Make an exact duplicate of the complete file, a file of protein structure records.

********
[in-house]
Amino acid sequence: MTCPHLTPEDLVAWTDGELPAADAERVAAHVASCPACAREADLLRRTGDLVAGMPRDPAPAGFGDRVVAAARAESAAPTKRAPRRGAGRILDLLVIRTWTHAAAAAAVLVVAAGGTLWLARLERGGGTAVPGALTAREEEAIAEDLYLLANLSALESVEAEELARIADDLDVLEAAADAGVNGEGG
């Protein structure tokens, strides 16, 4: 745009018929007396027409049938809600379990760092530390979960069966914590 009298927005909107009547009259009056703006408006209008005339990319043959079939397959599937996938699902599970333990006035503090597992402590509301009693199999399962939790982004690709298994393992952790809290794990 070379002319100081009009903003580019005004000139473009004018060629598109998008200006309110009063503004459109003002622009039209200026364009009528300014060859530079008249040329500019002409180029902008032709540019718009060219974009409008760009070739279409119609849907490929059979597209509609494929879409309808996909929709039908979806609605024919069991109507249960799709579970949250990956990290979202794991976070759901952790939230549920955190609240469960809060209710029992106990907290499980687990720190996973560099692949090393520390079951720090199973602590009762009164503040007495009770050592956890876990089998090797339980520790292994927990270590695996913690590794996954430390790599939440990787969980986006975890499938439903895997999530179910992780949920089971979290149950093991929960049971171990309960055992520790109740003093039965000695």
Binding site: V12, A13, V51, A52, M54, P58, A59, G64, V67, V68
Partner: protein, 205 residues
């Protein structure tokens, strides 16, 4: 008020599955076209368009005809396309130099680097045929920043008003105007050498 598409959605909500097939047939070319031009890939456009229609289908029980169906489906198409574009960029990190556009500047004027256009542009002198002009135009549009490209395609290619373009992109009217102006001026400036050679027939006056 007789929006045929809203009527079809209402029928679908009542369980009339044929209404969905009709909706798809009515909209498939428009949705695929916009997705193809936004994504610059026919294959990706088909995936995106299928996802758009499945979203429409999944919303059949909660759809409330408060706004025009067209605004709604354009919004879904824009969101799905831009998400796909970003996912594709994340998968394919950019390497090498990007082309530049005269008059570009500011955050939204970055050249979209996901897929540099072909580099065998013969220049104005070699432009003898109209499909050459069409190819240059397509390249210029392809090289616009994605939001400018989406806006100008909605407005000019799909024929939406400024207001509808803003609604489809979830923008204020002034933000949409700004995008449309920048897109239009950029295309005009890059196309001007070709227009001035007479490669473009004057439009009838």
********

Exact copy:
[in-house]
Amino acid sequence: MTCPHLTPEDLVAWTDGELPAADAERVAAHVASCPACAREADLLRRTGDLVAGMPRDPAPAGFGDRVVAAARAESAAPTKRAPRRGAGRILDLLVIRTWTHAAAAAAVLVVAAGGTLWLARLERGGGTAVPGALTAREEEAIAEDLYLLANLSALESVEAEELARIADDLDVLEAAADAGVNGEGG
């Protein structure tokens, strides 16, 4: 745009018929007396027409049938809600379990760092530390979960069966914590 009298927005909107009547009259009056703006408006209008005339990319043959079939397959599937996938699902599970333990006035503090597992402590509301009693199999399962939790982004690709298994393992952790809290794990 070379002319100081009009903003580019005004000139473009004018060629598109998008200006309110009063503004459109003002622009039209200026364009009528300014060859530079008249040329500019002409180029902008032709540019718009060219974009409008760009070739279409119609849907490929059979597209509609494929879409309808996909929709039908979806609605024919069991109507249960799709579970949250990956990290979202794991976070759901952790939230549920955190609240469960809060209710029992106990907290499980687990720190996973560099692949090393520390079951720090199973602590009762009164503040007495009770050592956890876990089998090797339980520790292994927990270590695996913690590794996954430390790599939440990787969980986006975890499938439903895997999530179910992780949920089971979290149950093991929960049971171990309960055992520790109740003093039965000695």
Binding site: V12, A13, V51, A52, M54, P58, A59, G64, V67, V68
Partner: protein, 205 residues
């Protein structure tokens, strides 16, 4: 008020599955076209368009005809396309130099680097045929920043008003105007050498 598409959605909500097939047939070319031009890939456009229609289908029980169906489906198409574009960029990190556009500047004027256009542009002198002009135009549009490209395609290619373009992109009217102006001026400036050679027939006056 007789929006045929809203009527079809209402029928679908009542369980009339044929209404969905009709909706798809009515909209498939428009949705695929916009997705193809936004994504610059026919294959990706088909995936995106299928996802758009499945979203429409999944919303059949909660759809409330408060706004025009067209605004709604354009919004879904824009969101799905831009998400796909970003996912594709994340998968394919950019390497090498990007082309530049005269008059570009500011955050939204970055050249979209996901897929540099072909580099065998013969220049104005070699432009003898109209499909050459069409190819240059397509390249210029392809090289616009994605939001400018989406806006100008909605407005000019799909024929939406400024207001509808803003609604489809979830923008204020002034933000949409700004995008449309920048897109239009950029295309005009890059196309001007070709227009001035007479490669473009004057439009009838």